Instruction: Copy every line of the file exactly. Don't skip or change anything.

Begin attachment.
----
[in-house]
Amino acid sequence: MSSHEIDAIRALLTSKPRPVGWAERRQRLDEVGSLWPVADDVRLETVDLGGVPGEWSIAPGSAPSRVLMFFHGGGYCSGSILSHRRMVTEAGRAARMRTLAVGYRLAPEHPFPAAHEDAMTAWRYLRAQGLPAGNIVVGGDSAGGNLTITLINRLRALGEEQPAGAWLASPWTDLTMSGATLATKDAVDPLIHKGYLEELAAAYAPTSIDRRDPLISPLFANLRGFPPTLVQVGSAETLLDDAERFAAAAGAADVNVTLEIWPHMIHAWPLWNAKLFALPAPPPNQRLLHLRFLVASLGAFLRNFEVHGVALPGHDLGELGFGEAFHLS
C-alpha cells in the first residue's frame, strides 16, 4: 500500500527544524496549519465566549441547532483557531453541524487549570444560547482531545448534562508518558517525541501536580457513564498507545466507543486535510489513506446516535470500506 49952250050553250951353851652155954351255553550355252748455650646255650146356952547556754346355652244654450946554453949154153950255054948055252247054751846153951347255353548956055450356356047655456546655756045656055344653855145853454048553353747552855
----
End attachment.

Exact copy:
[in-house]
Amino acid sequence: MSSHEIDAIRALLTSKPRPVGWAERRQRLDEVGSLWPVADDVRLETVDLGGVPGEWSIAPGSAPSRVLMFFHGGGYCSGSILSHRRMVTEAGRAARMRTLAVGYRLAPEHPFPAAHEDAMTAWRYLRAQGLPAGNIVVGGDSAGGNLTITLINRLRALGEEQPAGAWLASPWTDLTMSGATLATKDAVDPLIHKGYLEELAAAYAPTSIDRRDPLISPLFANLRGFPPTLVQVGSAETLLDDAERFAAAAGAADVNVTLEIWPHMIHAWPLWNAKLFALPAPPPNQRLLHLRFLVASLGAFLRNFEVHGVALPGHDLGELGFGEAFHLS
C-alpha cells in the first residue's frame, strides 16, 4: 500500500527544524496549519465566549441547532483557531453541524487549570444560547482531545448534562508518558517525541501536580457513564498507545466507543486535510489513506446516535470500506 49952250050553250951353851652155954351255553550355252748455650646255650146356952547556754346355652244654450946554453949154153950255054948055252247054751846153951347255353548956055450356356047655456546655756045656055344653855145853454048553353747552855